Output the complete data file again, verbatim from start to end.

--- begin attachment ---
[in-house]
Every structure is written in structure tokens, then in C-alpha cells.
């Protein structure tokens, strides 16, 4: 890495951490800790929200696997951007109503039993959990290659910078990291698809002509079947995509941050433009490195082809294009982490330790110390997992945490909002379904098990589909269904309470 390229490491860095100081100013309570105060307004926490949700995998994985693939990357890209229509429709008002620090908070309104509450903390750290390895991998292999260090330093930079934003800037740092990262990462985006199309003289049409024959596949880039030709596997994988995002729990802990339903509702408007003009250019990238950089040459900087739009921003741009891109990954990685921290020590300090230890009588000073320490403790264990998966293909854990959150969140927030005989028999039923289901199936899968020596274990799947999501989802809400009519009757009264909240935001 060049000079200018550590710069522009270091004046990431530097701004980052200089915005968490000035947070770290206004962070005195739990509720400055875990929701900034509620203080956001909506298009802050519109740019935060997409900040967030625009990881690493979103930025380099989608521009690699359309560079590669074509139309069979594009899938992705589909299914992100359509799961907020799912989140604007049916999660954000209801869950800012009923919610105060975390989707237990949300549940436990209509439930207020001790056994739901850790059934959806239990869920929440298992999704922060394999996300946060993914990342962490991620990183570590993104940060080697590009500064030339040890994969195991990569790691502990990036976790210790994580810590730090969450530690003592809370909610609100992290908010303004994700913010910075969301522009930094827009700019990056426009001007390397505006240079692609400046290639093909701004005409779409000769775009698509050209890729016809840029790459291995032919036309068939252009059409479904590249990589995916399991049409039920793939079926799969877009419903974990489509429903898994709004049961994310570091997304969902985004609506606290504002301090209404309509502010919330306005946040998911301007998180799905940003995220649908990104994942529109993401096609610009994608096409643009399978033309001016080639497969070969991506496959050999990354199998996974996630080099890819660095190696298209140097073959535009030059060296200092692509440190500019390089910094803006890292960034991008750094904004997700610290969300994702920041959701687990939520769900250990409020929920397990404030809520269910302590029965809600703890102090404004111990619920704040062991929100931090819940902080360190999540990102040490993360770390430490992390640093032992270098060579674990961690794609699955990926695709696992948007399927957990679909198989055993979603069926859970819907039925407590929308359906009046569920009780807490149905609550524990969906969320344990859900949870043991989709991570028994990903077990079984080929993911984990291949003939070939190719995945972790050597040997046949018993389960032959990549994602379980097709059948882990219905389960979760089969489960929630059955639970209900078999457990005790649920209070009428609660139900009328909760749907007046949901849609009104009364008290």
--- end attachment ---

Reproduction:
[in-house]
Every structure is written in structure tokens, then in C-alpha cells.
């Protein structure tokens, strides 16, 4: 890495951490800790929200696997951007109503039993959990290659910078990291698809002509079947995509941050433009490195082809294009982490330790110390997992945490909002379904098990589909269904309470 390229490491860095100081100013309570105060307004926490949700995998994985693939990357890209229509429709008002620090908070309104509450903390750290390895991998292999260090330093930079934003800037740092990262990462985006199309003289049409024959596949880039030709596997994988995002729990802990339903509702408007003009250019990238950089040459900087739009921003741009891109990954990685921290020590300090230890009588000073320490403790264990998966293909854990959150969140927030005989028999039923289901199936899968020596274990799947999501989802809400009519009757009264909240935001 060049000079200018550590710069522009270091004046990431530097701004980052200089915005968490000035947070770290206004962070005195739990509720400055875990929701900034509620203080956001909506298009802050519109740019935060997409900040967030625009990881690493979103930025380099989608521009690699359309560079590669074509139309069979594009899938992705589909299914992100359509799961907020799912989140604007049916999660954000209801869950800012009923919610105060975390989707237990949300549940436990209509439930207020001790056994739901850790059934959806239990869920929440298992999704922060394999996300946060993914990342962490991620990183570590993104940060080697590009500064030339040890994969195991990569790691502990990036976790210790994580810590730090969450530690003592809370909610609100992290908010303004994700913010910075969301522009930094827009700019990056426009001007390397505006240079692609400046290639093909701004005409779409000769775009698509050209890729016809840029790459291995032919036309068939252009059409479904590249990589995916399991049409039920793939079926799969877009419903974990489509429903898994709004049961994310570091997304969902985004609506606290504002301090209404309509502010919330306005946040998911301007998180799905940003995220649908990104994942529109993401096609610009994608096409643009399978033309001016080639497969070969991506496959050999990354199998996974996630080099890819660095190696298209140097073959535009030059060296200092692509440190500019390089910094803006890292960034991008750094904004997700610290969300994702920041959701687990939520769900250990409020929920397990404030809520269910302590029965809600703890102090404004111990619920704040062991929100931090819940902080360190999540990102040490993360770390430490992390640093032992270098060579674990961690794609699955990926695709696992948007399927957990679909198989055993979603069926859970819907039925407590929308359906009046569920009780807490149905609550524990969906969320344990859900949870043991989709991570028994990903077990079984080929993911984990291949003939070939190719995945972790050597040997046949018993389960032959990549994602379980097709059948882990219905389960979760089969489960929630059955639970209900078999457990005790649920209070009428609660139900009328909760749907007046949901849609009104009364008290």